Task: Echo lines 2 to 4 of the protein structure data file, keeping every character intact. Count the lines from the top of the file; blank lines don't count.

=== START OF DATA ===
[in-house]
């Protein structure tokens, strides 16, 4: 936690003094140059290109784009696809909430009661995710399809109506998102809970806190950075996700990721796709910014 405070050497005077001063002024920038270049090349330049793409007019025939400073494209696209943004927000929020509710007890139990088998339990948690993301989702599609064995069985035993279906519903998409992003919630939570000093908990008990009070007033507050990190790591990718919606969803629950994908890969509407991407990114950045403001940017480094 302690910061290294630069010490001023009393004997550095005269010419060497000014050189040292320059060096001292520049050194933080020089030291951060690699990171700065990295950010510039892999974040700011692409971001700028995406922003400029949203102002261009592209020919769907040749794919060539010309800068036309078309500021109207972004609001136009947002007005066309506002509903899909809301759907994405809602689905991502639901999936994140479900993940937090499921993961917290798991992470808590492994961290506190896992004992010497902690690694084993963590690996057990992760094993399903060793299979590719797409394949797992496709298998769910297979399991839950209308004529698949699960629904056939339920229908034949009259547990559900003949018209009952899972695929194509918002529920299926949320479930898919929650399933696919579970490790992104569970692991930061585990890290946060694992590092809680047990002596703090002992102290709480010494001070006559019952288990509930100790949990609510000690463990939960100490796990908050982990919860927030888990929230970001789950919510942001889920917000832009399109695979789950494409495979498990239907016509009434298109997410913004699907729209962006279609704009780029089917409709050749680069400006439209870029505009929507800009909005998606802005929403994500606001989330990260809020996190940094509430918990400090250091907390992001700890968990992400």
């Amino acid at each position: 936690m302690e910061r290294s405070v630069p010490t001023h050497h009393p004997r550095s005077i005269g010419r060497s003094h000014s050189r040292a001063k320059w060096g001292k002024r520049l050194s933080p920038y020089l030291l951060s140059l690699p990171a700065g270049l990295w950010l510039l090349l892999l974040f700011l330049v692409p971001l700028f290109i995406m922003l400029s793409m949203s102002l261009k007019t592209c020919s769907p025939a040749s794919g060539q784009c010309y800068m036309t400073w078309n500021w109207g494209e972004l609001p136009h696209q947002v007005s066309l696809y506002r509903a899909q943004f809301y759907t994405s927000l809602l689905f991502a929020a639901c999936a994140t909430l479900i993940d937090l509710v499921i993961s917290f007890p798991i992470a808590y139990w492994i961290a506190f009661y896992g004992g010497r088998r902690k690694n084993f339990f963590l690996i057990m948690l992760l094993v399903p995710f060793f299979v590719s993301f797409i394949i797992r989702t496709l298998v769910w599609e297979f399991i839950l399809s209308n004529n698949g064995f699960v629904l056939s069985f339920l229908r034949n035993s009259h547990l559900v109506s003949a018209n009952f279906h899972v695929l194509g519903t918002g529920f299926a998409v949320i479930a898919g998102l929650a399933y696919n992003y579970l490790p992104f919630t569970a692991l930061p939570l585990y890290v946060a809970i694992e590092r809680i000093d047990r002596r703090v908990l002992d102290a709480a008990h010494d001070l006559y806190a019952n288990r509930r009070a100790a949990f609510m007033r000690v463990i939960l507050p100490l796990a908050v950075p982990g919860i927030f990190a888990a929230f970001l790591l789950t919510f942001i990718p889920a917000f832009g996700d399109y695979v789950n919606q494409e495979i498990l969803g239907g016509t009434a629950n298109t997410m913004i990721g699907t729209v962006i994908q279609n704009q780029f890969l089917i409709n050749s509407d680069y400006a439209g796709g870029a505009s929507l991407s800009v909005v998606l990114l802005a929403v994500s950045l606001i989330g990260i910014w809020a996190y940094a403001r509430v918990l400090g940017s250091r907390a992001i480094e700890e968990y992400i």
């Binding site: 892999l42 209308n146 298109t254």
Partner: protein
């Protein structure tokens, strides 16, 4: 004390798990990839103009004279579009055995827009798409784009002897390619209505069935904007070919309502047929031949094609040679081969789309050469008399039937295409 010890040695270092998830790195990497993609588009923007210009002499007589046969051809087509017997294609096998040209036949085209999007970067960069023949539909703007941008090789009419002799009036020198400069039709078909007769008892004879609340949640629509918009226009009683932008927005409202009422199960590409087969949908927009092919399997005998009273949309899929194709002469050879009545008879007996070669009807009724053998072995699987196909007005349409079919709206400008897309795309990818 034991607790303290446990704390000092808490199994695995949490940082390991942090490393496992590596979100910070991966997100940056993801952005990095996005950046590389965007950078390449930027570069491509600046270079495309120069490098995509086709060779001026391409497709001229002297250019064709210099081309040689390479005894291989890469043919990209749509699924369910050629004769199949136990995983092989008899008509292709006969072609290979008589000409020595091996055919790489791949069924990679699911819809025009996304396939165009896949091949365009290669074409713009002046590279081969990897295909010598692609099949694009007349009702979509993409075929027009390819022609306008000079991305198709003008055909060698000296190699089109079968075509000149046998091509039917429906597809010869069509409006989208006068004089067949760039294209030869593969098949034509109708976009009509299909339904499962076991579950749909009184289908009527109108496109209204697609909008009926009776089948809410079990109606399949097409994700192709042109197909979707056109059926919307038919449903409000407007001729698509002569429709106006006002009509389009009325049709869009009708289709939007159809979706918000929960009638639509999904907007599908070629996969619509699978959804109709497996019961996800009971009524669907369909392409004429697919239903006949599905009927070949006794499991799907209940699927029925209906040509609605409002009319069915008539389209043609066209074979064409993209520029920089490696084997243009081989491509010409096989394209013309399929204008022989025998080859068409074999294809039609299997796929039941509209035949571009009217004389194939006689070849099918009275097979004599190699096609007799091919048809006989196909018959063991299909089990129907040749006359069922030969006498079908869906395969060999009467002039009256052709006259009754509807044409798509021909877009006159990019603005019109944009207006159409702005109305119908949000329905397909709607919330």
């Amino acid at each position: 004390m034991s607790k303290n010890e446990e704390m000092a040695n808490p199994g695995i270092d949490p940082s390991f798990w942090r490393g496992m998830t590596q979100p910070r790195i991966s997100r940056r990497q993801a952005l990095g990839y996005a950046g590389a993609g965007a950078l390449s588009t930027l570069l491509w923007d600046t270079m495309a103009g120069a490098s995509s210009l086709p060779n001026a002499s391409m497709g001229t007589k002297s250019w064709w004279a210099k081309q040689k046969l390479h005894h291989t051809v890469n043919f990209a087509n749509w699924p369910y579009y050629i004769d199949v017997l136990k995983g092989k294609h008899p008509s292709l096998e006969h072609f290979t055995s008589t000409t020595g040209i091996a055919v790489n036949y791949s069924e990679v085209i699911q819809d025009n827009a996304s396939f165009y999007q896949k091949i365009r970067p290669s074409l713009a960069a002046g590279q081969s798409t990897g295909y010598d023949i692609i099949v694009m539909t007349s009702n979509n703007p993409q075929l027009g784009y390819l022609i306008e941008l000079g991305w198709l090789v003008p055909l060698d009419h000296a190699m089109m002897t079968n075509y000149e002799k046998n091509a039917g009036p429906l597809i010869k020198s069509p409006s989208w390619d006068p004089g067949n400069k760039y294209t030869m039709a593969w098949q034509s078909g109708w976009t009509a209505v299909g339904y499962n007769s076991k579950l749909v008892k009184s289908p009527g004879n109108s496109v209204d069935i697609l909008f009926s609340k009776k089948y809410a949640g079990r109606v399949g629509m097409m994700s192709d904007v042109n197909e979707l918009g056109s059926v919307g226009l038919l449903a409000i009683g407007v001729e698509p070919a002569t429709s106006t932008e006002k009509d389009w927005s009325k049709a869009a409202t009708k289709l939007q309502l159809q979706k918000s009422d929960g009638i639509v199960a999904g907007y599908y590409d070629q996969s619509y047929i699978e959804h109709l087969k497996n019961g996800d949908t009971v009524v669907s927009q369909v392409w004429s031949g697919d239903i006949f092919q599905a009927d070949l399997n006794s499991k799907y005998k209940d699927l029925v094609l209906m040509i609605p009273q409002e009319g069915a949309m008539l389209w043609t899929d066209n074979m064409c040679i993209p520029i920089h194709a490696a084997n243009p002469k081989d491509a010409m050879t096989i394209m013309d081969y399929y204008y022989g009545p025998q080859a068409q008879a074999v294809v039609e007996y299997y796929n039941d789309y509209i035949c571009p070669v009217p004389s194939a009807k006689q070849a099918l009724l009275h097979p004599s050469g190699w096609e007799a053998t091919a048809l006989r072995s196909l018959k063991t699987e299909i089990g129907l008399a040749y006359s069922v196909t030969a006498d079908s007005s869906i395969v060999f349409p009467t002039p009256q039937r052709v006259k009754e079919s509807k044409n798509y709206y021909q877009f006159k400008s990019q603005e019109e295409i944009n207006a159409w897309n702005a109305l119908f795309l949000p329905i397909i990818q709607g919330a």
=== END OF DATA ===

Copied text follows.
């Protein structure tokens, strides 16, 4: 936690003094140059290109784009696809909430009661995710399809109506998102809970806190950075996700990721796709910014 405070050497005077001063002024920038270049090349330049793409007019025939400073494209696209943004927000929020509710007890139990088998339990948690993301989702599609064995069985035993279906519903998409992003919630939570000093908990008990009070007033507050990190790591990718919606969803629950994908890969509407991407990114950045403001940017480094 302690910061290294630069010490001023009393004997550095005269010419060497000014050189040292320059060096001292520049050194933080020089030291951060690699990171700065990295950010510039892999974040700011692409971001700028995406922003400029949203102002261009592209020919769907040749794919060539010309800068036309078309500021109207972004609001136009947002007005066309506002509903899909809301759907994405809602689905991502639901999936994140479900993940937090499921993961917290798991992470808590492994961290506190896992004992010497902690690694084993963590690996057990992760094993399903060793299979590719797409394949797992496709298998769910297979399991839950209308004529698949699960629904056939339920229908034949009259547990559900003949018209009952899972695929194509918002529920299926949320479930898919929650399933696919579970490790992104569970692991930061585990890290946060694992590092809680047990002596703090002992102290709480010494001070006559019952288990509930100790949990609510000690463990939960100490796990908050982990919860927030888990929230970001789950919510942001889920917000832009399109695979789950494409495979498990239907016509009434298109997410913004699907729209962006279609704009780029089917409709050749680069400006439209870029505009929507800009909005998606802005929403994500606001989330990260809020996190940094509430918990400090250091907390992001700890968990992400």
């Amino acid at each position: 936690m302690e910061r290294s405070v630069p010490t001023h050497h009393p004997r550095s005077i005269g010419r060497s003094h000014s050189r040292a001063k320059w060096g001292k002024r520049l050194s933080p920038y020089l030291l951060s140059l690699p990171a700065g270049l990295w950010l510039l090349l892999l974040f700011l330049v692409p971001l700028f290109i995406m922003l400029s793409m949203s102002l261009k007019t592209c020919s769907p025939a040749s794919g060539q784009c010309y800068m036309t400073w078309n500021w109207g494209e972004l609001p136009h696209q947002v007005s066309l696809y506002r509903a899909q943004f809301y759907t994405s927000l809602l689905f991502a929020a639901c999936a994140t909430l479900i993940d937090l509710v499921i993961s917290f007890p798991i992470a808590y139990w492994i961290a506190f009661y896992g004992g010497r088998r902690k690694n084993f339990f963590l690996i057990m948690l992760l094993v399903p995710f060793f299979v590719s993301f797409i394949i797992r989702t496709l298998v769910w599609e297979f399991i839950l399809s209308n004529n698949g064995f699960v629904l056939s069985f339920l229908r034949n035993s009259h547990l559900v109506s003949a018209n009952f279906h899972v695929l194509g519903t918002g529920f299926a998409v949320i479930a898919g998102l929650a399933y696919n992003y579970l490790p992104f919630t569970a692991l930061p939570l585990y890290v946060a809970i694992e590092r809680i000093d047990r002596r703090v908990l002992d102290a709480a008990h010494d001070l006559y806190a019952n288990r509930r009070a100790a949990f609510m007033r000690v463990i939960l507050p100490l796990a908050v950075p982990g919860i927030f990190a888990a929230f970001l790591l789950t919510f942001i990718p889920a917000f832009g996700d399109y695979v789950n919606q494409e495979i498990l969803g239907g016509t009434a629950n298109t997410m913004i990721g699907t729209v962006i994908q279609n704009q780029f890969l089917i409709n050749s509407d680069y400006a439209g796709g870029a505009s929507l991407s800009v909005v998606l990114l802005a929403v994500s950045l606001i989330g990260i910014w809020a996190y940094a403001r509430v918990l400090g940017s250091r907390a992001i480094e700890e968990y992400i």
């Binding site: 892999l42 209308n146 298109t254």